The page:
transmit the one or more song architecture parameters from the first electronic device to the second electronic device to align the architecture parameters of a client song to the one or more architecture parameters of the host song; and
add, by the first electronic device, the second electronic device to the host session, wherein the host session is configured to control recording and playback operations of the host song and the aligned client song.
9. The system of claim 8 wherein the receiving and transmitting are performed over a wireless communications link including one of a WiFi or Bluetooth communication link.
10. The system of claim 8 wherein the processor is further adapted to:
request a portion of a client song from the second electronic device;
receive the portion of the client song from the second electronic device;
incorporate elements of the portion of the client song into the host song; and
end the host session.
11. The system of claim 10 wherein requesting the client song from the second electronic device is initiated manually by a user operating the first electronic device or automatically by the first electronic device.
12. The system of claim 8 wherein the one or more architecture parameters of each of the host and client songs include primary parameters and secondary parameters, wherein the primary parameters include song section data and time signature data.
13. The system of claim 12 wherein the secondary parameters include tempo data, key signature data, custom chord data, master effects preset selection data, count-in data, and fade out data.
14. The system of claim 8 wherein the processor is further adapted to:
receive, by the first electronic device, a request from a third electronic device to join the host session;
transmit the one or more song architecture parameters from the first electronic device to the third electronic device to align the architecture parameters of a second client song to the architecture parameters of the host song; and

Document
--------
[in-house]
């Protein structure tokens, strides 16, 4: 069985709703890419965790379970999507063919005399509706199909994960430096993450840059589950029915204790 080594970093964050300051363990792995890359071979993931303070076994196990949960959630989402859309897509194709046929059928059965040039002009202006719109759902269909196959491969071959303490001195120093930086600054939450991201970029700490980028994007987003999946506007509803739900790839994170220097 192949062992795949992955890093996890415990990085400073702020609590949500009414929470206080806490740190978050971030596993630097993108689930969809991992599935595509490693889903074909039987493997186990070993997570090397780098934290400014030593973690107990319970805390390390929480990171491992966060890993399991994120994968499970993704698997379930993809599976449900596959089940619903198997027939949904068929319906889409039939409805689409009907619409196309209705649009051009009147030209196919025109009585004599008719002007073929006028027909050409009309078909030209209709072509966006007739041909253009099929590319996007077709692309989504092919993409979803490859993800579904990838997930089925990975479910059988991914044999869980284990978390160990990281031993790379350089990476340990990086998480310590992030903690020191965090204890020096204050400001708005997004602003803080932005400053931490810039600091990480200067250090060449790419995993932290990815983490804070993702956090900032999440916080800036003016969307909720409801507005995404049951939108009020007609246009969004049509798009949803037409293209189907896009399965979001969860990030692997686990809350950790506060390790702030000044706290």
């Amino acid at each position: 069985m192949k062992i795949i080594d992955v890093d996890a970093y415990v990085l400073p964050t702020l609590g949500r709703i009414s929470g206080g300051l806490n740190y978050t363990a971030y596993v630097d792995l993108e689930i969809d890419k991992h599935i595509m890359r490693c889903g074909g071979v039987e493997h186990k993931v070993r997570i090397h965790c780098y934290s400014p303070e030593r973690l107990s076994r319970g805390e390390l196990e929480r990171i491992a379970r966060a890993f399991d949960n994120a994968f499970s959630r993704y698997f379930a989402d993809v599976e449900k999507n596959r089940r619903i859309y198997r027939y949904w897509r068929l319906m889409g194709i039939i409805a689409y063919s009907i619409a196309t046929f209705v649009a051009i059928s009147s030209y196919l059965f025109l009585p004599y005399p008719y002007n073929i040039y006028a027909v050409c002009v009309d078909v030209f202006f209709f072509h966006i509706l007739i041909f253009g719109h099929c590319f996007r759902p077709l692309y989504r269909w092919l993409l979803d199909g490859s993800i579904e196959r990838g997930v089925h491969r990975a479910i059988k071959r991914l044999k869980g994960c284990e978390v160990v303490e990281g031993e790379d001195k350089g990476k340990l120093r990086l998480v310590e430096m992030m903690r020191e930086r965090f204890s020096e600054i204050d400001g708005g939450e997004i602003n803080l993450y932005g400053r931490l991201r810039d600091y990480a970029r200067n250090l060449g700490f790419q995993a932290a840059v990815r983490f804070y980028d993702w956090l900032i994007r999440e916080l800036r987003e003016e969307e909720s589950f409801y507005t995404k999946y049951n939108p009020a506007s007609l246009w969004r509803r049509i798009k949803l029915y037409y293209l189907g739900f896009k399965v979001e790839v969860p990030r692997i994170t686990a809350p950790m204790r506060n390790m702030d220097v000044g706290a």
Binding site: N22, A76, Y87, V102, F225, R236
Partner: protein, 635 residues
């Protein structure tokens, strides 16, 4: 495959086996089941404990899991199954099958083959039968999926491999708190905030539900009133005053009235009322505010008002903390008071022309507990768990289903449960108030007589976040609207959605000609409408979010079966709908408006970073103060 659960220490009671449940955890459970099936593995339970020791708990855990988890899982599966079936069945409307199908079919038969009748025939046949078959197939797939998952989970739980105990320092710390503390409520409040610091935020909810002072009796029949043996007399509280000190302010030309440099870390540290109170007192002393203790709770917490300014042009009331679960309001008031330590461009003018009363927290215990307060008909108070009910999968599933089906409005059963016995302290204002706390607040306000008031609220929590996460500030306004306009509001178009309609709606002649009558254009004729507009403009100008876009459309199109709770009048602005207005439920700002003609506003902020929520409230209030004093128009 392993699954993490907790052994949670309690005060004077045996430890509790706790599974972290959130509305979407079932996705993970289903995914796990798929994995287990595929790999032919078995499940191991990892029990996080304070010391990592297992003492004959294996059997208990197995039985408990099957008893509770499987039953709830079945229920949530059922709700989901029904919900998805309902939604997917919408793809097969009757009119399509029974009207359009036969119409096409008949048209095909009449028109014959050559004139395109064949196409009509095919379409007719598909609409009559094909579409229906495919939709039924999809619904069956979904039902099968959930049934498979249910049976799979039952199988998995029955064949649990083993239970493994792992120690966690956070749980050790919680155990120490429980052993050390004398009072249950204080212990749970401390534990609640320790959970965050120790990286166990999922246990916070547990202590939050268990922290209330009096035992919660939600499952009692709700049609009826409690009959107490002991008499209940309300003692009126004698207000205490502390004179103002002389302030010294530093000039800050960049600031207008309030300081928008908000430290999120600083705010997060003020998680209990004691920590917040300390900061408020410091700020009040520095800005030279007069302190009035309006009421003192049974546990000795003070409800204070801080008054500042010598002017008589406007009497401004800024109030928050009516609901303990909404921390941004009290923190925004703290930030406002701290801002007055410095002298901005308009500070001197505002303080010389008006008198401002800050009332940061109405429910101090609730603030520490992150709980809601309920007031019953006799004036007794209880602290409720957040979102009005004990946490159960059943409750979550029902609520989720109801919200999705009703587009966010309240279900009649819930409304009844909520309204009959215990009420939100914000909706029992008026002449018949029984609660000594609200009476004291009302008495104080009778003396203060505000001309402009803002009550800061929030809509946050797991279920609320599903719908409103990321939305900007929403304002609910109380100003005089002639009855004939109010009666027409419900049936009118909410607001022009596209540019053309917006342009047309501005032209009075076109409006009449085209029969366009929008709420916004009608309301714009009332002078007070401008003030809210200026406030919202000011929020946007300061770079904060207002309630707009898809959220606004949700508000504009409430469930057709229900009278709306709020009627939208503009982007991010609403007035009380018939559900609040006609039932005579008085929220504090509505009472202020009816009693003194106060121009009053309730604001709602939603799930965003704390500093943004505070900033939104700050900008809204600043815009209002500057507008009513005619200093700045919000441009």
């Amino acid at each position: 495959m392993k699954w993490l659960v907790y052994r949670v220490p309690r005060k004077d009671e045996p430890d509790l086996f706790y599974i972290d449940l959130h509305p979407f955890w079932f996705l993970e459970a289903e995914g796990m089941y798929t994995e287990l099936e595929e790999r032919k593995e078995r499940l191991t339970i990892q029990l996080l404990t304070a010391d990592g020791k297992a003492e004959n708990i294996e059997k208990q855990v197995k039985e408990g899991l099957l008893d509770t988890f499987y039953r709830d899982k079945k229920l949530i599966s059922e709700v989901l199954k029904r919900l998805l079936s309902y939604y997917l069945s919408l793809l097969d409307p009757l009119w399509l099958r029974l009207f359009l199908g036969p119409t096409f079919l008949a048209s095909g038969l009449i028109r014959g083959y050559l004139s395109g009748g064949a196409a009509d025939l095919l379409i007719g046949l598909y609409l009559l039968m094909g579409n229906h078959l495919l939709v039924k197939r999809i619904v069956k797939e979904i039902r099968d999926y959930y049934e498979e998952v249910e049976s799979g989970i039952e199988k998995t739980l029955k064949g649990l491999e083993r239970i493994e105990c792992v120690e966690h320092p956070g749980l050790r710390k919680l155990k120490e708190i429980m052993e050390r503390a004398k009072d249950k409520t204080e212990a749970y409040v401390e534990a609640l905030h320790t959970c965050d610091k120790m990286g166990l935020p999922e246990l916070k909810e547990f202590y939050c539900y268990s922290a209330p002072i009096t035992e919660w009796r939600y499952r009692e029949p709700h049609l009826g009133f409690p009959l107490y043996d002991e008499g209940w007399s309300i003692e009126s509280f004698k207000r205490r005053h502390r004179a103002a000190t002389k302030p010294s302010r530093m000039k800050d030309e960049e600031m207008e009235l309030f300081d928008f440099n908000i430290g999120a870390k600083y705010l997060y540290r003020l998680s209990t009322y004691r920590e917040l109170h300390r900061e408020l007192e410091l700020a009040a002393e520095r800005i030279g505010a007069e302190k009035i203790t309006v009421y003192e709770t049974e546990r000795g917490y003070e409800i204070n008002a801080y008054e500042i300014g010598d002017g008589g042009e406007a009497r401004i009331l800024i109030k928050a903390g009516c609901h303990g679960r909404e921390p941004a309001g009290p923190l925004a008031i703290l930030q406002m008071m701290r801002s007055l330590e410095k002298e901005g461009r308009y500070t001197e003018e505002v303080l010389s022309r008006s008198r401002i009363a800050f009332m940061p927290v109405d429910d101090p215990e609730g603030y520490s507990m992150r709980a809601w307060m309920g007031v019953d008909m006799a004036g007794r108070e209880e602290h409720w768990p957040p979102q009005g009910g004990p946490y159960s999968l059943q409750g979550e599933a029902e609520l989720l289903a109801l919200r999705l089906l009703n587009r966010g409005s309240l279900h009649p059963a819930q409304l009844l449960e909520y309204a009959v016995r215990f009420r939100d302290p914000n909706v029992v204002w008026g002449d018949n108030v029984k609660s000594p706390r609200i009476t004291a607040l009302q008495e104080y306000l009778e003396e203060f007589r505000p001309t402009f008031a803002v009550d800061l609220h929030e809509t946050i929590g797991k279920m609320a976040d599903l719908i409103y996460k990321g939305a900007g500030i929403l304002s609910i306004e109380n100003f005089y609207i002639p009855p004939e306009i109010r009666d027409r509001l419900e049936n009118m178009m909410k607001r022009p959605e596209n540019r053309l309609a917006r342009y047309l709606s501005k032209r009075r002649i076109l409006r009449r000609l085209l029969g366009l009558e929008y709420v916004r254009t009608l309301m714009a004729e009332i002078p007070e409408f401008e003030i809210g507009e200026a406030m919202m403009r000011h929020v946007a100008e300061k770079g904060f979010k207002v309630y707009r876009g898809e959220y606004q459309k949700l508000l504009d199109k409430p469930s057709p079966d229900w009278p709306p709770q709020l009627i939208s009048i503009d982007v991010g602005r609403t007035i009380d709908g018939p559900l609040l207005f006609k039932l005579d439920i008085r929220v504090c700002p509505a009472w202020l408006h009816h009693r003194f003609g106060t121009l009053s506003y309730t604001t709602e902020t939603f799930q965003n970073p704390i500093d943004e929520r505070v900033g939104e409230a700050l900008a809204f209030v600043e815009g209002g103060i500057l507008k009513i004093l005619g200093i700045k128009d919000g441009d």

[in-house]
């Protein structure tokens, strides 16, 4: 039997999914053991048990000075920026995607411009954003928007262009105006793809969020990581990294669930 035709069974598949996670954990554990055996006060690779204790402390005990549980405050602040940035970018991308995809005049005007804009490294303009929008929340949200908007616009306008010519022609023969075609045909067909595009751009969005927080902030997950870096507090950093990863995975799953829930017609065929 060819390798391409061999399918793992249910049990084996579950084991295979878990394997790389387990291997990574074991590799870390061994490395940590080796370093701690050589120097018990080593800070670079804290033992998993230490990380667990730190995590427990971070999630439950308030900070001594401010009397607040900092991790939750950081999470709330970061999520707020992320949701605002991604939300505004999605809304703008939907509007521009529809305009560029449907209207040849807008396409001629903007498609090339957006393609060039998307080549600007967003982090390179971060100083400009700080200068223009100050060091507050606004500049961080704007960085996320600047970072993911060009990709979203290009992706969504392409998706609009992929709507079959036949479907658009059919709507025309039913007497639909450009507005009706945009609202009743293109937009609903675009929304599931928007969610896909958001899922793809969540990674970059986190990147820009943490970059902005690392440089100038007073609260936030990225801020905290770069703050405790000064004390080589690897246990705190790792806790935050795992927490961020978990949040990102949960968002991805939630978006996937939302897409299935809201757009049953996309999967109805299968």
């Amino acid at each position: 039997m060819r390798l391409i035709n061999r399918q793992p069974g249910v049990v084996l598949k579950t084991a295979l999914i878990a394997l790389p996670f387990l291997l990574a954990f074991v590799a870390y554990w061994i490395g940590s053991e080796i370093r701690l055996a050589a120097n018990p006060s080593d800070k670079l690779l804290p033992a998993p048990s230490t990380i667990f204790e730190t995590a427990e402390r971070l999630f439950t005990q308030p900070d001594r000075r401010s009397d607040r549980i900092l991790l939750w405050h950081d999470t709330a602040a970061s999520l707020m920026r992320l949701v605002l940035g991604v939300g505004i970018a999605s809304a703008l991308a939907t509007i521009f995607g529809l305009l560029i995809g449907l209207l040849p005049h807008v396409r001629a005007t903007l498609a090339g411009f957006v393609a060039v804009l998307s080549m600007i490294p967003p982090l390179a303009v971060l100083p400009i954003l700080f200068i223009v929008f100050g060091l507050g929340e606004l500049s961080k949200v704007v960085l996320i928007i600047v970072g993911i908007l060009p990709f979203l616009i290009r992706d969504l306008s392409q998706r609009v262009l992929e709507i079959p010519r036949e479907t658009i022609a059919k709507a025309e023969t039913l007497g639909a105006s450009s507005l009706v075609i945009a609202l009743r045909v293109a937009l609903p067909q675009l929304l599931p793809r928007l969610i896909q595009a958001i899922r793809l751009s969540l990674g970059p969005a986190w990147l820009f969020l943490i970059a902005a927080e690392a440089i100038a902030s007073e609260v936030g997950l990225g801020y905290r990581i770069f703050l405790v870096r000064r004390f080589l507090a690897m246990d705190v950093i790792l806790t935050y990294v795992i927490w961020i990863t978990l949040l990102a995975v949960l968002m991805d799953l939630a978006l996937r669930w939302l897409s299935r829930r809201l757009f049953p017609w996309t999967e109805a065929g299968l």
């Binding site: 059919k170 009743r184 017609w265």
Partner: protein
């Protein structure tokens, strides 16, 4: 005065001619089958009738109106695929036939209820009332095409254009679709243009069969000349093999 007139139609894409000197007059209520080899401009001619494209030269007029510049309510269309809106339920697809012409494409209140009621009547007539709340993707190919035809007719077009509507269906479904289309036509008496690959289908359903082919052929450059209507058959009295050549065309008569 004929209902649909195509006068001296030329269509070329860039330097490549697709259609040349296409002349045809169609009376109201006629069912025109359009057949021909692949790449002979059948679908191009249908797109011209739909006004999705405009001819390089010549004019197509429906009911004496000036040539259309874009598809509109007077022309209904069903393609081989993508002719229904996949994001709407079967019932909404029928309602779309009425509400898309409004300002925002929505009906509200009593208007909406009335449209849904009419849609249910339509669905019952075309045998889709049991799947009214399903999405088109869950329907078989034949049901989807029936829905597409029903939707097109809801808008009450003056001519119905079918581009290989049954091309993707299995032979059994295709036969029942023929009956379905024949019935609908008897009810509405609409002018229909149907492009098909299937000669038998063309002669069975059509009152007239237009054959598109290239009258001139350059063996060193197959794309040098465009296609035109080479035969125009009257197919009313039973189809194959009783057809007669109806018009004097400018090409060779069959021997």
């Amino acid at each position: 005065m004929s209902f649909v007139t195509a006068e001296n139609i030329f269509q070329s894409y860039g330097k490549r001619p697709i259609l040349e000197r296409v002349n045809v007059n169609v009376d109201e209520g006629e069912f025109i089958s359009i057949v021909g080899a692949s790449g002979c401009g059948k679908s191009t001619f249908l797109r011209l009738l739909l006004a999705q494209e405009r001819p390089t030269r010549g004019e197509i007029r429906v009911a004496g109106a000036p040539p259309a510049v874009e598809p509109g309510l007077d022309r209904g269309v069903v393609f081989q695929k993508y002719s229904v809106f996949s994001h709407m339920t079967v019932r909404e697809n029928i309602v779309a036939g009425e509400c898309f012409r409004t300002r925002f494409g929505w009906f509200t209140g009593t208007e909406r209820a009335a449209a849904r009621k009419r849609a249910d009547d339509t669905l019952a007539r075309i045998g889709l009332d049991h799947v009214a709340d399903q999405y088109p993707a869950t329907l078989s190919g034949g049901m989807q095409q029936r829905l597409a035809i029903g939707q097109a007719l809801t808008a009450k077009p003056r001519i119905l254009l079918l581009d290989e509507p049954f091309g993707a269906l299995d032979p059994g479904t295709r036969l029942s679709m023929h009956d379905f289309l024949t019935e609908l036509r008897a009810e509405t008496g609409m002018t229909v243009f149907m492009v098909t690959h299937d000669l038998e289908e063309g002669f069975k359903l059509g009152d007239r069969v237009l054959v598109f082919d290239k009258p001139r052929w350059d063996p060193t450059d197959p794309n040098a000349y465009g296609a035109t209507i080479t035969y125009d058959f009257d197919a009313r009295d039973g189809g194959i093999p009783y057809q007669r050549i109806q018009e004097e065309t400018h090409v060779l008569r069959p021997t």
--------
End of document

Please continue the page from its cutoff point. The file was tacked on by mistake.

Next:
add, by the first electronic device, the third electronic device to the host session, wherein the host session is configured to control recording and playback operations of the host song and the aligned second client song.
15. A computer program product for creating a music collaboration session between a plurality of electronic devices, the computer program product comprising:
a computer-readable medium;
a processing module residing on the computer-readable medium and operative to:
create, on a first electronic device, a host session on a digital music software platform, the host session configured to receive data to create and record a host song, the host song including one or more song architecture parameters;
receive, by the first electronic device, a request from a second electronic device to join the host session;
transmit the one or more song architecture parameters from the first electronic device to the second electronic device to align the architecture parameters of a client song to the one or more architecture parameters of the host song; and
add, by the first electronic device, the second electronic device to the host session, wherein the host session is configured to control recording and playback operations of the host song and the aligned client song.
16. The computer program product of claim 15 wherein the receiving and transmitting are performed over a wireless communications link including one of a WiFi or Bluetooth communication link.
17. The computer program product of claim 15 wherein the processor is further adapted to:
request a portion of a client song from the second electronic device;
receive the portion of the client song from the second electronic device;
incorporate elements of the portion of the client song into the host song; and
end the host session.
18. The computer program product of claim 17 wherein requesting the client song from the second electronic device is initiated manually by a user operating the first electronic device or automatically by the first electronic device.
19. The computer program product of claim 15 wherein the one or more architecture parameters of each of the host and client songs include primary parameters and secondary parameters, wherein the primary parameters include song section data and time signature data.
20. The computer program product of claim 19 wherein the secondary parameters include tempo data, key signature data, custom chord data, master effects preset selection data, count-in data, and fade out data.
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DE112013001340T5 (en) 2014-11-20